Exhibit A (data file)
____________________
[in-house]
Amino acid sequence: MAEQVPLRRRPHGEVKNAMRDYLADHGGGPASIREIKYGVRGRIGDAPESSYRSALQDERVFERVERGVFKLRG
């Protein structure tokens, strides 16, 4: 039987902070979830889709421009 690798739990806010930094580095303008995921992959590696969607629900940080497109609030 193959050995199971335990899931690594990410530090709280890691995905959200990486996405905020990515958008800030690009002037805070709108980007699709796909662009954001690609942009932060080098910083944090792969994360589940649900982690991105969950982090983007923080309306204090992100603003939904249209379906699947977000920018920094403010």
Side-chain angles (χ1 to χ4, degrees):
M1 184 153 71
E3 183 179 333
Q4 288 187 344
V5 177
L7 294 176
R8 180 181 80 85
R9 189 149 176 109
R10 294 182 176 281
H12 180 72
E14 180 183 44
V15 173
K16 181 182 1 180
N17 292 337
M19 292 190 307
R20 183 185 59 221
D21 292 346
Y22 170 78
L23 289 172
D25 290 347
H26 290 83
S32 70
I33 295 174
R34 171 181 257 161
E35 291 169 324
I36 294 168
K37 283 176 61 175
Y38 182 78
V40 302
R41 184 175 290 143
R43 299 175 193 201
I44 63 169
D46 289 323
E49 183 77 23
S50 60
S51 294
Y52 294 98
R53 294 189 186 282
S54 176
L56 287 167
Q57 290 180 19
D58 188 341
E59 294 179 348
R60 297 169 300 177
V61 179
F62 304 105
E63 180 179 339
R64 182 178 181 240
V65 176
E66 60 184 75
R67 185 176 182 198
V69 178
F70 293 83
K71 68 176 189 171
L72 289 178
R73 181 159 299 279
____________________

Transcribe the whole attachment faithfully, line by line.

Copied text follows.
[in-house]
Amino acid sequence: MAEQVPLRRRPHGEVKNAMRDYLADHGGGPASIREIKYGVRGRIGDAPESSYRSALQDERVFERVERGVFKLRG
């Protein structure tokens, strides 16, 4: 039987902070979830889709421009 690798739990806010930094580095303008995921992959590696969607629900940080497109609030 193959050995199971335990899931690594990410530090709280890691995905959200990486996405905020990515958008800030690009002037805070709108980007699709796909662009954001690609942009932060080098910083944090792969994360589940649900982690991105969950982090983007923080309306204090992100603003939904249209379906699947977000920018920094403010």
Side-chain angles (χ1 to χ4, degrees):
M1 184 153 71
E3 183 179 333
Q4 288 187 344
V5 177
L7 294 176
R8 180 181 80 85
R9 189 149 176 109
R10 294 182 176 281
H12 180 72
E14 180 183 44
V15 173
K16 181 182 1 180
N17 292 337
M19 292 190 307
R20 183 185 59 221
D21 292 346
Y22 170 78
L23 289 172
D25 290 347
H26 290 83
S32 70
I33 295 174
R34 171 181 257 161
E35 291 169 324
I36 294 168
K37 283 176 61 175
Y38 182 78
V40 302
R41 184 175 290 143
R43 299 175 193 201
I44 63 169
D46 289 323
E49 183 77 23
S50 60
S51 294
Y52 294 98
R53 294 189 186 282
S54 176
L56 287 167
Q57 290 180 19
D58 188 341
E59 294 179 348
R60 297 169 300 177
V61 179
F62 304 105
E63 180 179 339
R64 182 178 181 240
V65 176
E66 60 184 75
R67 185 176 182 198
V69 178
F70 293 83
K71 68 176 189 171
L72 289 178
R73 181 159 299 279